Between 2010 and 2015 the number of teens reporting feelings of uselessness and lack of joy increased 33 percent in large national surveys. Teen suicide attempts increased 23 percent while actual suicides between 13 to 18-year-olds increased 31 percent. A significant trend. What could account for such dramatic increases?
A November 17, 2017 post in The Conversation by Jean Twenge identifies the likely culprit as "the sudden ascendance of the smartphone." Extensive research concluded that suicide risk factors such as depression, thinking about suicide, making a plan or attempting suicide correlated with time spent online. Essentially, the more time online, the higher the suicide risk. Screen time of 2 or more hours a day appears to increase the risk significantly.
Is there anything that can be done to reverse this trend? Hasn't the train already left the station? What if my children are already deeply ingrained in smartphone use, and it's not a battle I want to get into?
Fortunately, we're not starting from scratch here. There are numerous initiatives and online resources dedicated to bringing sanity and vitality to teens without totally taking away their smartphones. However, changes WILL need to be made in order to decrease suicide risks.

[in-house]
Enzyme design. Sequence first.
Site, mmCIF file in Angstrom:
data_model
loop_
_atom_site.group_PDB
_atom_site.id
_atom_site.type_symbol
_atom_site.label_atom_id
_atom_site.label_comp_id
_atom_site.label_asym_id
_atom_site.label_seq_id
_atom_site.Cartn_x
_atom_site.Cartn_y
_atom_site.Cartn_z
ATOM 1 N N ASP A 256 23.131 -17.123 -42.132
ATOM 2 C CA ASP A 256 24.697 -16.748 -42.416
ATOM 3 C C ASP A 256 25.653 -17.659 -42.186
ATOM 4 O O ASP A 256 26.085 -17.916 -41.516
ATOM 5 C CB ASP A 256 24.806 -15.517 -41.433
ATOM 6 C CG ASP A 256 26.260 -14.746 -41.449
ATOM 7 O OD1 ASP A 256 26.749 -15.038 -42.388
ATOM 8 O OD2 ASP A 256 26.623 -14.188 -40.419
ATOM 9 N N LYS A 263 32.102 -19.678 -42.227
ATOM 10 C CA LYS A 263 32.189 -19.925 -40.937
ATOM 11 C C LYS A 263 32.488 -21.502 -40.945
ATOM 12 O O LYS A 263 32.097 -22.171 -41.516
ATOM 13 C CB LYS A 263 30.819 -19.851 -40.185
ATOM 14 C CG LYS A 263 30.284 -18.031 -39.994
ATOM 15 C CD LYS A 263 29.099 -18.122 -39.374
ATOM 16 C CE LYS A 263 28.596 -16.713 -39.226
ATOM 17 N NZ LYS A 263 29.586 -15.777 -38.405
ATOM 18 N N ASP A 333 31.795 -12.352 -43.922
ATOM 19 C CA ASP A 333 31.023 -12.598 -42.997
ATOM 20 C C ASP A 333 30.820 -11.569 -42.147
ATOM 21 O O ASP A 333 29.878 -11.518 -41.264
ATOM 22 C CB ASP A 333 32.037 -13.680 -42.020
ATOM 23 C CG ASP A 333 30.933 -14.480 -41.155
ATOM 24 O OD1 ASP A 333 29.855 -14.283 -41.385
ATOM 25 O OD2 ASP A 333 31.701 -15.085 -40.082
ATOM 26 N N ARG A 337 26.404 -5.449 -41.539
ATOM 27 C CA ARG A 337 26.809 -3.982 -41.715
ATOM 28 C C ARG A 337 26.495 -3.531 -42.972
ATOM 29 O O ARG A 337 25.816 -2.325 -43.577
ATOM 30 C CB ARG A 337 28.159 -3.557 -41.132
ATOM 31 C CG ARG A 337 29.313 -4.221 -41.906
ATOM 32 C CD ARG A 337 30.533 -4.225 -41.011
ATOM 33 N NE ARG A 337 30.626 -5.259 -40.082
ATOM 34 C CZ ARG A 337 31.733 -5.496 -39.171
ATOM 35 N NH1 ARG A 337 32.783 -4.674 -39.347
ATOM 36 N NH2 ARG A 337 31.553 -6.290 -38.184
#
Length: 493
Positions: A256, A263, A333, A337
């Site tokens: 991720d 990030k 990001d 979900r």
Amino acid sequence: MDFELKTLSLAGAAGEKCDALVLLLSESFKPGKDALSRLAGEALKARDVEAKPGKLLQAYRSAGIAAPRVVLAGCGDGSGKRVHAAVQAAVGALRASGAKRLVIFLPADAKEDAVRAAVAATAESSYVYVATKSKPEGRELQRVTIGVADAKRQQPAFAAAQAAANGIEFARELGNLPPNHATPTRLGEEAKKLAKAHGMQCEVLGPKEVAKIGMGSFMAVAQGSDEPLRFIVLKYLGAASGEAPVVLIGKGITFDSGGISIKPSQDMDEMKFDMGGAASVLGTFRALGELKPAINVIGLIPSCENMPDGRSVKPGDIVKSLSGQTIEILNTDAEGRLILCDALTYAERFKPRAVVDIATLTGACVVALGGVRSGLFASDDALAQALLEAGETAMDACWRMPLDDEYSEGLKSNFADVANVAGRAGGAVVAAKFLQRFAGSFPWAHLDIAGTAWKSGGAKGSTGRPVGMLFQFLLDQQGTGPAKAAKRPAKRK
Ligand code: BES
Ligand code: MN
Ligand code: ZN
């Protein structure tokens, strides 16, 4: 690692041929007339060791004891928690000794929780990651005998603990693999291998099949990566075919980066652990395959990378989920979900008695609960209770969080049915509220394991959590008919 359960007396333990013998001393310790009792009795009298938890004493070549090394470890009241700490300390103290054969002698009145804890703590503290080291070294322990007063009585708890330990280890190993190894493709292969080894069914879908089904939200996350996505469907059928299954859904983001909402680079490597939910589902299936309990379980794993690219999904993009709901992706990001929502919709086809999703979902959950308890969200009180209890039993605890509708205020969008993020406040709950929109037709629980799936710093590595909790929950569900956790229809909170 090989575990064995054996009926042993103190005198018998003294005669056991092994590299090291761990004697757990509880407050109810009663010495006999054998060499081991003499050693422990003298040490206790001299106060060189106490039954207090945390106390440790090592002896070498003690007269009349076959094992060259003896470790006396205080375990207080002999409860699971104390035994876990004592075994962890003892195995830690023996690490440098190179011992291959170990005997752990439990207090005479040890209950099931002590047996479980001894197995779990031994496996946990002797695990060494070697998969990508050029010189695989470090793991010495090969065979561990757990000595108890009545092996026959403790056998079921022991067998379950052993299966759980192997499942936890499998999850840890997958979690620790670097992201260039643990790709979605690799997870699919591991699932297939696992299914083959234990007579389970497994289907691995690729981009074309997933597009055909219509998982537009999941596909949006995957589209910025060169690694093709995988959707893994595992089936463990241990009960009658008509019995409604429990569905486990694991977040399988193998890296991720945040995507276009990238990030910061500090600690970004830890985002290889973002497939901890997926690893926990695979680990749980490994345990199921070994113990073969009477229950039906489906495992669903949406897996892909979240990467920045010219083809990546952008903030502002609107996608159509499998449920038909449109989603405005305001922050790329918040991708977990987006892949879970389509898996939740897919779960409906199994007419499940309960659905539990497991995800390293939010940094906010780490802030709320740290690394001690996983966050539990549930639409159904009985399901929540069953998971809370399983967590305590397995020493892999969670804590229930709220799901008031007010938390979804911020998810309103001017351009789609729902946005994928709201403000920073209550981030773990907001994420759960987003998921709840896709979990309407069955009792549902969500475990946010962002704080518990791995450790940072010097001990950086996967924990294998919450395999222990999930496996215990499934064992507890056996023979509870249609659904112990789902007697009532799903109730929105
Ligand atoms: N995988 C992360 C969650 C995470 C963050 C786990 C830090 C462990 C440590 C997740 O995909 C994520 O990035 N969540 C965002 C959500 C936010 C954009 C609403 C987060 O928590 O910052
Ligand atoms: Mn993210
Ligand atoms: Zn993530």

We heard an amazing presentation by Melanie Hempe, RN at NARME (National Association of Relationship and Marriage Educators) this past July. She is the founder and president of Families Managing Media. Their website is packed with extremely helpful information and inspiration. Their 3 step ReThink, ReSet and ReConnect is exactly what has helped thousands regain their children from the stranglehold of the screen.
If you have children under 18 who may be at risk as outlined in this brief post, would you take the crucial next step of visiting www.familiesmanagingmedia.com for just 15 minutes? Browse data. Watch videos. Hear testimonials. You'll be forever grateful you did.
Lavern & Ronda Nissley are co-directors of Encompass. Married since 1978, both enjoy coffee, riding their tandem bicycle and working together to build strong relationships.